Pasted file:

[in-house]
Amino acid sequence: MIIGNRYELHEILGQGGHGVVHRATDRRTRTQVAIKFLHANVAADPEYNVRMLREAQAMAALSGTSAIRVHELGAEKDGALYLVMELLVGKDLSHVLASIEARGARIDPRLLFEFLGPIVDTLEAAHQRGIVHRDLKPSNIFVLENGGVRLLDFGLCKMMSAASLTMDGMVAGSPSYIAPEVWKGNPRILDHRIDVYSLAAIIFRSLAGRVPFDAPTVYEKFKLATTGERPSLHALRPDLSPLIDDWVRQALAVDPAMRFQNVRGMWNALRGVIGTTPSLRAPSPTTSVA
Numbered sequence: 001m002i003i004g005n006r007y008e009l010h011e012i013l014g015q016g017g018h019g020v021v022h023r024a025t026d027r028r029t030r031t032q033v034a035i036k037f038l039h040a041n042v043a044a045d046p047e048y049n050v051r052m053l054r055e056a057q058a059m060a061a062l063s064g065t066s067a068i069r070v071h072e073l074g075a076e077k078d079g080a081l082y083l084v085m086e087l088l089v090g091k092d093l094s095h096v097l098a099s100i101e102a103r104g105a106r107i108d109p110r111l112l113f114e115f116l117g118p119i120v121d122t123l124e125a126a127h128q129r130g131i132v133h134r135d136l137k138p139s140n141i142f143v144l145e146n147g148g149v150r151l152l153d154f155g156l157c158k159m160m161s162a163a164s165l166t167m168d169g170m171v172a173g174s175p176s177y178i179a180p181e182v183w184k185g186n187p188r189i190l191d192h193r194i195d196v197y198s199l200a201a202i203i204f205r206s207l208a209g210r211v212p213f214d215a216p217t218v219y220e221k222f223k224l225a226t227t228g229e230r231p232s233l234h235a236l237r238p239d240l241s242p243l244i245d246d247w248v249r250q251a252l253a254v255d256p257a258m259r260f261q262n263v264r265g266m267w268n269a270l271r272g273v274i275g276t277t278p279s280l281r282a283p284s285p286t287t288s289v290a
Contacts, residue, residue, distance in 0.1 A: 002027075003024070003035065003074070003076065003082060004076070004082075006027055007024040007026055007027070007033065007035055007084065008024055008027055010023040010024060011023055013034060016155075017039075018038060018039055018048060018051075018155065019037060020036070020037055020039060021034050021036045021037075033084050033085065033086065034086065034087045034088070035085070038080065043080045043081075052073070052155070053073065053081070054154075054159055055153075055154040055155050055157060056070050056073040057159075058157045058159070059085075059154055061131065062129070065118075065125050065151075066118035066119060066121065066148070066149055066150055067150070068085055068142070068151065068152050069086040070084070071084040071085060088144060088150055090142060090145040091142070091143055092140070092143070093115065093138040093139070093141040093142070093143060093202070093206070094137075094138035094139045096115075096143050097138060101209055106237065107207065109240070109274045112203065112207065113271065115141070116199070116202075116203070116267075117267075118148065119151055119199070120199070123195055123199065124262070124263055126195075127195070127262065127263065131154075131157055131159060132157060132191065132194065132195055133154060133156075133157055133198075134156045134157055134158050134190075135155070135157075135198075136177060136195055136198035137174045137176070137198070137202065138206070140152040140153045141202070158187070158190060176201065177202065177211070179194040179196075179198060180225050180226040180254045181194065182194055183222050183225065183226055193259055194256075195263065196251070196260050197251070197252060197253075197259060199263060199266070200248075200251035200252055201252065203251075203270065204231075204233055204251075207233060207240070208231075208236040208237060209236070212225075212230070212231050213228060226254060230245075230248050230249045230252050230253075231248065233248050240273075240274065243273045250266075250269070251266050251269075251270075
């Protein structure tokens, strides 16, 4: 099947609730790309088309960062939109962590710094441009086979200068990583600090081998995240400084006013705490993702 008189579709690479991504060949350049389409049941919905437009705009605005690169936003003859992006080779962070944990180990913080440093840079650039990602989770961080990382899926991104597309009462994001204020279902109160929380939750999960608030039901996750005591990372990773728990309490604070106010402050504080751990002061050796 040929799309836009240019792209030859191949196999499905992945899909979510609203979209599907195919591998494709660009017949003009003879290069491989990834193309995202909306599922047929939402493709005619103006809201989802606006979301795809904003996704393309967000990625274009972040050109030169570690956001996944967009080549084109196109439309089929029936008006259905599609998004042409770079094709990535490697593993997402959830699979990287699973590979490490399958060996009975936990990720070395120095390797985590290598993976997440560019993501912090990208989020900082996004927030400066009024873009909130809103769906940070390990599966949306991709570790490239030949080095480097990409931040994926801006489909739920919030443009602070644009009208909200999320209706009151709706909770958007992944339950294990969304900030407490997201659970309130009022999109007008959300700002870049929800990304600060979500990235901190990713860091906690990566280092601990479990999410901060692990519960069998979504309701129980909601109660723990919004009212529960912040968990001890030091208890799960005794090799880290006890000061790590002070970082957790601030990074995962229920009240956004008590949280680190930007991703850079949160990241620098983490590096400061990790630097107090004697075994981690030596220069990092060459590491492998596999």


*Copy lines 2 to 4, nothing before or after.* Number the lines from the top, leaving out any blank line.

Amino acid sequence: MIIGNRYELHEILGQGGHGVVHRATDRRTRTQVAIKFLHANVAADPEYNVRMLREAQAMAALSGTSAIRVHELGAEKDGALYLVMELLVGKDLSHVLASIEARGARIDPRLLFEFLGPIVDTLEAAHQRGIVHRDLKPSNIFVLENGGVRLLDFGLCKMMSAASLTMDGMVAGSPSYIAPEVWKGNPRILDHRIDVYSLAAIIFRSLAGRVPFDAPTVYEKFKLATTGERPSLHALRPDLSPLIDDWVRQALAVDPAMRFQNVRGMWNALRGVIGTTPSLRAPSPTTSVA
Numbered sequence: 001m002i003i004g005n006r007y008e009l010h011e012i013l014g015q016g017g018h019g020v021v022h023r024a025t026d027r028r029t030r031t032q033v034a035i036k037f038l039h040a041n042v043a044a045d046p047e048y049n050v051r052m053l054r055e056a057q058a059m060a061a062l063s064g065t066s067a068i069r070v071h072e073l074g075a076e077k078d079g080a081l082y083l084v085m086e087l088l089v090g091k092d093l094s095h096v097l098a099s100i101e102a103r104g105a106r107i108d109p110r111l112l113f114e115f116l117g118p119i120v121d122t123l124e125a126a127h128q129r130g131i132v133h134r135d136l137k138p139s140n141i142f143v144l145e146n147g148g149v150r151l152l153d154f155g156l157c158k159m160m161s162a163a164s165l166t167m168d169g170m171v172a173g174s175p176s177y178i179a180p181e182v183w184k185g186n187p188r189i190l191d192h193r194i195d196v197y198s199l200a201a202i203i204f205r206s207l208a209g210r211v212p213f214d215a216p217t218v219y220e221k222f223k224l225a226t227t228g229e230r231p232s233l234h235a236l237r238p239d240l241s242p243l244i245d246d247w248v249r250q251a252l253a254v255d256p257a258m259r260f261q262n263v264r265g266m267w268n269a270l271r272g273v274i275g276t277t278p279s280l281r282a283p284s285p286t287t288s289v290a
Contacts, residue, residue, distance in 0.1 A: 002027075003024070003035065003074070003076065003082060004076070004082075006027055007024040007026055007027070007033065007035055007084065008024055008027055010023040010024060011023055013034060016155075017039075018038060018039055018048060018051075018155065019037060020036070020037055020039060021034050021036045021037075033084050033085065033086065034086065034087045034088070035085070038080065043080045043081075052073070052155070053073065053081070054154075054159055055153075055154040055155050055157060056070050056073040057159075058157045058159070059085075059154055061131065062129070065118075065125050065151075066118035066119060066121065066148070066149055066150055067150070068085055068142070068151065068152050069086040070084070071084040071085060088144060088150055090142060090145040091142070091143055092140070092143070093115065093138040093139070093141040093142070093143060093202070093206070094137075094138035094139045096115075096143050097138060101209055106237065107207065109240070109274045112203065112207065113271065115141070116199070116202075116203070116267075117267075118148065119151055119199070120199070123195055123199065124262070124263055126195075127195070127262065127263065131154075131157055131159060132157060132191065132194065132195055133154060133156075133157055133198075134156045134157055134158050134190075135155070135157075135198075136177060136195055136198035137174045137176070137198070137202065138206070140152040140153045141202070158187070158190060176201065177202065177211070179194040179196075179198060180225050180226040180254045181194065182194055183222050183225065183226055193259055194256075195263065196251070196260050197251070197252060197253075197259060199263060199266070200248075200251035200252055201252065203251075203270065204231075204233055204251075207233060207240070208231075208236040208237060209236070212225075212230070212231050213228060226254060230245075230248050230249045230252050230253075231248065233248050240273075240274065243273045250266075250269070251266050251269075251270075